• -3.2 points (using the 2 mg/day + ADT)

Compared to placebo, only the 2 mg/day dose was found to have a statistically significant effect on MADRS score. For most patients with depression, the target dose of Rexulti is 2 mg once daily.


Rexulti has also been shown to be effective for adults with schizophrenia when compared to a placebo in two 6-week long studies. Patients were diagnosed with an acute exacerbation of schizophrenia who could benefit from hospitalization or continued hospitalization. Researchers determine the effectiveness of Rexulti using the Positive and Negative Syndrome Scale (PANSS) total symptom severity score, a common scoring tool used in the study of schizophrenia.

Overall, at the end of 6 weeks, the PANSS symptom score from baseline for patients taking Rexulti had declined significantly for both doses. In one study, there was a significant decline in PANSS score of:

  • 20.7 points (2 mg/day) with Rexulti compared to a reduction of 8.7 points with placebo.
  • 19.7 points (4 mg/day) with Rexulti compared to a reduction of 7.6 points with placebo.

Statistical significance was not achieved for the primary endpoint with either the 1-mg/day dose or the 2-mg/day dose compared with placebo in one study. The recommended target dose for Rexulti is 2 mg to 4 mg once daily in patients with schizophrenia.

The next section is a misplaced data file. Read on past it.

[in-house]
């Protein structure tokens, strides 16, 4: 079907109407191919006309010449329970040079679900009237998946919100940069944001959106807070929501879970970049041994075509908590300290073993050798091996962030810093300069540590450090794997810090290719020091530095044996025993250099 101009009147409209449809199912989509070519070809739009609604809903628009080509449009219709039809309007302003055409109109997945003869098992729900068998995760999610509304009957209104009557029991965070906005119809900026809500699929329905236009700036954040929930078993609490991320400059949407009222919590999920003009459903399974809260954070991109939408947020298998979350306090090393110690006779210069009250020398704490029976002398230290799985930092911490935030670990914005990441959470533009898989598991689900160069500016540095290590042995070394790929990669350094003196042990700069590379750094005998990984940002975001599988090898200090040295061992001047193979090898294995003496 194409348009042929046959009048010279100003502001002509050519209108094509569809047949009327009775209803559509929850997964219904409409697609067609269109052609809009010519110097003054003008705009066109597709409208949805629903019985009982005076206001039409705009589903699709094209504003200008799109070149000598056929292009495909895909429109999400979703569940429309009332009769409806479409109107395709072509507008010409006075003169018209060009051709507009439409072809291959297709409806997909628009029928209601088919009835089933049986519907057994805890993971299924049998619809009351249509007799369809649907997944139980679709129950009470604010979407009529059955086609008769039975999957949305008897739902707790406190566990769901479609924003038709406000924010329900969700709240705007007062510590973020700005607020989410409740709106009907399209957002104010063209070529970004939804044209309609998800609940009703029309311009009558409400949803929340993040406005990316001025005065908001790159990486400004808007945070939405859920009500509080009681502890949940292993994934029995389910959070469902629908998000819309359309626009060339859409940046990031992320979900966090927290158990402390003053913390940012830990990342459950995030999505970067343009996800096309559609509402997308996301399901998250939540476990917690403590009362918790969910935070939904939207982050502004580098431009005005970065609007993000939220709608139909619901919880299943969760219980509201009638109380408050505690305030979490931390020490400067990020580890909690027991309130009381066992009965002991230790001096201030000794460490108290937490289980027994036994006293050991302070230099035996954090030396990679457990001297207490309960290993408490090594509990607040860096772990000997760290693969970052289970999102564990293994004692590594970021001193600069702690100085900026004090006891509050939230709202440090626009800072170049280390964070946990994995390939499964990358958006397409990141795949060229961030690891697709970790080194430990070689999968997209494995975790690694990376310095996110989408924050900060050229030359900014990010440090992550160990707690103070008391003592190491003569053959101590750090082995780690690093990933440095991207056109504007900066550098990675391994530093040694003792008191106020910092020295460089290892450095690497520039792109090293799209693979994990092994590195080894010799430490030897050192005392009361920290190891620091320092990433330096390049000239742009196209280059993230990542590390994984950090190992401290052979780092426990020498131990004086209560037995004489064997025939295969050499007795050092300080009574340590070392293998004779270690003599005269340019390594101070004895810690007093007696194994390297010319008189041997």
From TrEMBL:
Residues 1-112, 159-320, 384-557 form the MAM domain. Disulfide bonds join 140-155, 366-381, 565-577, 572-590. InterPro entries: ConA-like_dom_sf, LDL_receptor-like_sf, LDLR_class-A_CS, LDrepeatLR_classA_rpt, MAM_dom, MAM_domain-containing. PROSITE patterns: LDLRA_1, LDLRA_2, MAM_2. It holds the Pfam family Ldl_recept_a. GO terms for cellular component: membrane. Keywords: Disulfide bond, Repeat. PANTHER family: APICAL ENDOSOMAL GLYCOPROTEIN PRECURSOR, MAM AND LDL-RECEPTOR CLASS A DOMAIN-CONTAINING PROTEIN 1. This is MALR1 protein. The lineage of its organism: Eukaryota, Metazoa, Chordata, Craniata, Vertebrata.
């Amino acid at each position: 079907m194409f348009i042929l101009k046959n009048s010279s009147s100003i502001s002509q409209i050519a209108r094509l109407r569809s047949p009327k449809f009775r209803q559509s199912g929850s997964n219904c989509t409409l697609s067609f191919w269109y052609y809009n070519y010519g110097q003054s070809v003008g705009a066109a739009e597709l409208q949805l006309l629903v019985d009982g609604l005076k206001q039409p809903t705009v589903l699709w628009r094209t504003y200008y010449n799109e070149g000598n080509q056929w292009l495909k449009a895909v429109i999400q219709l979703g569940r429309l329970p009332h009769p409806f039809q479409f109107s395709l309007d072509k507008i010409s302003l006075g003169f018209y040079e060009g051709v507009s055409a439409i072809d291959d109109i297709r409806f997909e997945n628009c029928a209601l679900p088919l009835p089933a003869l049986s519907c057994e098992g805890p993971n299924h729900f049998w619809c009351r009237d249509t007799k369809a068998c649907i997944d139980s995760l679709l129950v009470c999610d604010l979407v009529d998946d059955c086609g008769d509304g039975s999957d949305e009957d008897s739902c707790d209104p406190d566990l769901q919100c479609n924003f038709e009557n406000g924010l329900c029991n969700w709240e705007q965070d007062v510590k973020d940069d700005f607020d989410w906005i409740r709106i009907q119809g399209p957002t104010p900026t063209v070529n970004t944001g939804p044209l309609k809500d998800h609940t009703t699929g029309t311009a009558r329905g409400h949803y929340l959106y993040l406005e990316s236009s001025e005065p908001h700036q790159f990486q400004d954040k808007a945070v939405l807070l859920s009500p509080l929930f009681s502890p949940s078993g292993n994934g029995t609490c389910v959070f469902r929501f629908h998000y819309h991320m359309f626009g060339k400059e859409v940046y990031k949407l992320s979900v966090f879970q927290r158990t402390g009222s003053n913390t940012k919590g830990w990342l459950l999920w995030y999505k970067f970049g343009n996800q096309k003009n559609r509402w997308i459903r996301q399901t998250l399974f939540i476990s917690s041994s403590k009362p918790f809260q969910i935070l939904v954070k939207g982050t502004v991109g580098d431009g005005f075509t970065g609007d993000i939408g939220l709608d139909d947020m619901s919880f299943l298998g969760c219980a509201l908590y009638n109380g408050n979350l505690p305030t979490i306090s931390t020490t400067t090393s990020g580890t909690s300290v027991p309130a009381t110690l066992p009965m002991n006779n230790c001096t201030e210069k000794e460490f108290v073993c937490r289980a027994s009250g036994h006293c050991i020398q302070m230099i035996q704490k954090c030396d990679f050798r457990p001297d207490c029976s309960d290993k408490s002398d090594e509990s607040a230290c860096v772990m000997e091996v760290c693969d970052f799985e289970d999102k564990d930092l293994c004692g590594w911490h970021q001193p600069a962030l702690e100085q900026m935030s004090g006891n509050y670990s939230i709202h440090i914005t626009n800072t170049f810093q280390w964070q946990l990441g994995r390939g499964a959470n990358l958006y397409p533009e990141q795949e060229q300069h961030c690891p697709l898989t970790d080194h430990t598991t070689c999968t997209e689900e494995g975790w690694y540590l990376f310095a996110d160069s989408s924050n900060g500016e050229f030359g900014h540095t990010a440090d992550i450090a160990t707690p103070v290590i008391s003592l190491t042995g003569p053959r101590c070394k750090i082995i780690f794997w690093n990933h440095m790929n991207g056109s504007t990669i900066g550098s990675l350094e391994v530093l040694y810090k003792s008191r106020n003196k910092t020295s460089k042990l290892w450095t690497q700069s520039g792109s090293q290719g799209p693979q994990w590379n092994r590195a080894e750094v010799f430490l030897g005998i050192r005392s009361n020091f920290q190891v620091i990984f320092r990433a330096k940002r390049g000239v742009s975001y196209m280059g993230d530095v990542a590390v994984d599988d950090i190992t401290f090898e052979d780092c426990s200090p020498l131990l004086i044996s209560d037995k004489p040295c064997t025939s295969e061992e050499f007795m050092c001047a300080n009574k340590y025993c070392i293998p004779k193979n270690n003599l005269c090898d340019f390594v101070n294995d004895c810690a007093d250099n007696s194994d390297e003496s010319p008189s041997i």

Antipsychotic medicines like Rexulti can raise the risk of death in elderly patients who have lost touch with reality (psychosis) due to confusion and memory loss (dementia). Rexulti is not approved for the treatment of patients with dementia-related psychosis.

There are many other important warnings, side effects and drug interactions associated with Rexulti treatment. Speak with your doctor about the safety of Rexulti before you begin treatment. Be sure to tell your doctor and pharmacist about all of the medicines you take, including prescription, over-the-counter, herbal products and vitamin supplements.

Bottom Line

  • Rexulti (brexpiprazole), an atypical antipsychotic, is used with an antidepressant medicine to treat adult patients diagnosed with major depressive disorder (depression) or with schizophrenia.
  • Rexulti is thought to work by adjusting the balance of natural chemicals (neurotransmitters) in your brain such as dopamine and serotonin. An imbalance of neurotransmitters is thought to be linked to several mental health conditions, including depression and schizophrenia.
  • In placebo-controlled studies, Rexulti at target doses was shown to have a significant effect on symptom severity in patients with either depression or schizophrenia.

This is not all the information you need to know about Rexulti (brexpiprazole) for safe and effective use. Review the full Rexulti information here, and discuss this information and any questions with your doctor or other health care provider.

  • Rexulti (brexpiprazole) [product information]. Otsuka Pharmaceutical Co. Rockville, MD. March 2020. Accessed Oct. 19, 2020 at
  • Efficacy data for Rexulti. Accessed Oct. 19, 2020 at

Related Medical Questions

Drug Information

Related Support Groups